Tools from God
Friday, September 07, 2012By Steven H. VanderLeest
Now the earth was corrupt in God’s sight and was full of violence. God saw how corrupt the earth had become, for all the people on earth had corrupted their ways. So God said to Noah, “I am going to put an end to all people, for the earth is filled with violence because of them. I am surely going to destroy both them and the earth. So make yourself an ark…”
Genesis 6:11-14 (NIV)
After the original creation story, we know of only a few instances where God directly created an object for human use. God made the garments of skin for Adam and Eve, providing a more durable covering than the fig leaves they first used to cover their embarrassment. God made the original stone tablets and wrote the ten commandments on them himself. We also know of a few instances where God provides blueprints for humans to build something, such as the Tabernacle, the Ark of the Covenant, and Noah’s ark. These artifacts were made from natural resources and had a primarily utilitarian purpose (i.e., they were intended to serve as a means to some further end). Clothing, a long-lasting writing medium (though not so enduring when dashed to the ground), a pack-n-go shelter, a mobile keepsake cabinet, and a zoological cruise ship are all examples of technology. These examples raise a couple questions in my mind.
Why so few examples? It might be that God provided intends for us to follow his example rather than always making tools for us. Beyond these few samples, God has delegated building and construction primarily to his stewards: you and me. What can we learn from our Creator mentor about our assigned task? Let’s look at the purpose of each technology that God made himself. The clothing for Adam and Eve addressed their sin-induced embarrassment. The Tabernacle and the Ark of the Covenant provided a focal point for worship and reminders of God’s presence. The other ark, made by Noah, provided a shelter against the ravages of a global flood. Each technological artifact is a tool, an instrument. Each is primarily a utilitarian means to a purposeful end. In the same way, the technology we develop should serve: our tools should serve God and serve our neighbor. The design of our technology ought to recognize our human limitations and address the effects of sin.
Why such concrete examples? God used physical, corporeal, embodied solutions—things made of animal skin, stone, and wood. Why not more directly and miraculously fix the problem? My suspicion is that God wanted to provide a physical reminder of his care and keeping. God, as a spirit, is difficult for us to grasp (in the intellectual sense). The solutions he provided were physical tools that one could grasp in a physical sense. The tool that provided a physical help then also became the crutch his people could use to grasp his eternal presence and benevolence. In the same way, our best technological products provide an immediate help to those in need but also serve to point to our Creator and Savior. The fruits of the spirit and Christian virtues thus become active and real. Our technology is not only an instrument for immediate relief, but also a conduit for kindness, goodness, justice, mercy, and love.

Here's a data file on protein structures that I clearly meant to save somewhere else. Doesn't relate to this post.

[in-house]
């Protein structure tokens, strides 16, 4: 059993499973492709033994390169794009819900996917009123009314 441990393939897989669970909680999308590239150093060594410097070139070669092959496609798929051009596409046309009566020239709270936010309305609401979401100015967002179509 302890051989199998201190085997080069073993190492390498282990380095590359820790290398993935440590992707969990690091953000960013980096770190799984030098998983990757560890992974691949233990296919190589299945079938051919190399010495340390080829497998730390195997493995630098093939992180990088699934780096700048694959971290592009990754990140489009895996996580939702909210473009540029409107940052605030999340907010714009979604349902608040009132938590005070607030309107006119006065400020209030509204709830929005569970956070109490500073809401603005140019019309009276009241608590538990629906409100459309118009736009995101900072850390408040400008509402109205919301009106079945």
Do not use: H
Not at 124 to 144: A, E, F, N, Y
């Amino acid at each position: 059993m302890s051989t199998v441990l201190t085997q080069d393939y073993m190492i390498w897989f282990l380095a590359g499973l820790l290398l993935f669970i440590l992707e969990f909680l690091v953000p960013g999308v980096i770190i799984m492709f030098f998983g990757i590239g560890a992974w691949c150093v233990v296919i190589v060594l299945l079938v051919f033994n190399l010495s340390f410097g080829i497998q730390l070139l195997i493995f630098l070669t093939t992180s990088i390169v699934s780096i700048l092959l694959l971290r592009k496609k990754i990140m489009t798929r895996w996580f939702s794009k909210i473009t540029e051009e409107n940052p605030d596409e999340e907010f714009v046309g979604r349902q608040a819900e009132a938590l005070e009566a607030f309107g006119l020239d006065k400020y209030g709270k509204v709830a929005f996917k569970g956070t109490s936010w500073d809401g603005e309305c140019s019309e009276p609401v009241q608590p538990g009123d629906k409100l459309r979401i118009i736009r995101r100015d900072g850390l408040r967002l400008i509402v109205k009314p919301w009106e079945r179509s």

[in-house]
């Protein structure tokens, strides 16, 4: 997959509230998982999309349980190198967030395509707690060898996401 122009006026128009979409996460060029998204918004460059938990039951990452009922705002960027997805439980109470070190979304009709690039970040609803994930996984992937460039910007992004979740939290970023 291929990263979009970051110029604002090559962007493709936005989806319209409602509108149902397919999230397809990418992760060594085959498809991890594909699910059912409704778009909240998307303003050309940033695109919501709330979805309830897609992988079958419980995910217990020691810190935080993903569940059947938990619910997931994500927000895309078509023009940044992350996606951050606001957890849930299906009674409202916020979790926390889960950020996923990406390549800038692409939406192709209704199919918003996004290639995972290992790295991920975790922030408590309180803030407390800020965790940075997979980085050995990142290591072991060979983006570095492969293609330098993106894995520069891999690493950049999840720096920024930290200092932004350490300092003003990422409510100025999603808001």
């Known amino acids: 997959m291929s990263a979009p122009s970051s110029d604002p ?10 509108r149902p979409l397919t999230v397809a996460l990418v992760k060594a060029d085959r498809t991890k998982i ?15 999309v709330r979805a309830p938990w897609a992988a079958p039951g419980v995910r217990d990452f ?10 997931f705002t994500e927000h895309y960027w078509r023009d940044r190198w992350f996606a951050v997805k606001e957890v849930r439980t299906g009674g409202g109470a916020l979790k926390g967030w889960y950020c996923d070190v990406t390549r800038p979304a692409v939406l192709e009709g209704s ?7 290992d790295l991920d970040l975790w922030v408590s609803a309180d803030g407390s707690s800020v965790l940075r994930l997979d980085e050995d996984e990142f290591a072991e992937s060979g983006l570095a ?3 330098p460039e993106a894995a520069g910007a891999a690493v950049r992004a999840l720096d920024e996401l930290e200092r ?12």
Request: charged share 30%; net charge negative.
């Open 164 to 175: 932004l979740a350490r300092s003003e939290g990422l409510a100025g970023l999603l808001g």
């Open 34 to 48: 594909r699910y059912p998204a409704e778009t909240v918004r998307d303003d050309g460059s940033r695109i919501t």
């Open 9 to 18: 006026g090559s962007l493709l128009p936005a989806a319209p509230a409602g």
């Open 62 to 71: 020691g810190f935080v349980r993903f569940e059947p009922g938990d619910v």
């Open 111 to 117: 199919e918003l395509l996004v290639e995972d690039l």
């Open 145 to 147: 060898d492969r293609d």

A Small Step
Monday, August 27, 2012By Steven H. VanderLeest
I’m glad it was Neil Armstrong that first stepped on the moon. Very few human achievements measure up to leaving earth’s cradle and stepping on another heavenly body. Lesser accomplishments have prompted outsized pride and boasting. Momentous occasions are often forgotten by the next news cycle. As he stepped off the ladder of Eagle, the Apollo 11 lunar module, Armstrong punctuated his singular moment of fame with the simple but powerful description “That’s one small step for [a] man, one giant leap for mankind.”
Armstrong was a self-described “nerdy engineer”. He was proud of his profession, but also carefully modest. It would have been a small step to become overly proud when making history like Armstrong, but instead we find him saying: “It suddenly struck me that that tiny pea, pretty and blue, was the Earth. I put up my thumb and shut one eye, and my thumb blotted out the planet Earth. I didn’t feel like a giant. I felt very, very small.” Some say that the original sin of Adam and Eve was pride. It was just a small step from being God’s stewards to a desire to be like God. Eating of the Tree of the Knowledge of Good and Evil was an evil conceit, the deadly sin of pride. Along with our original parents, we humans have always been susceptible to this character flaw. While engineers are often naturally a bit shy and a bit modest, our ability to create new products can lure us into pride. It is just a small step. From appropriate pride in one’s accomplishments that acknowledges God’s help as well as the support of those around us, we can too easily stumble into pride in ourselves and over-estimation of our own self-worth.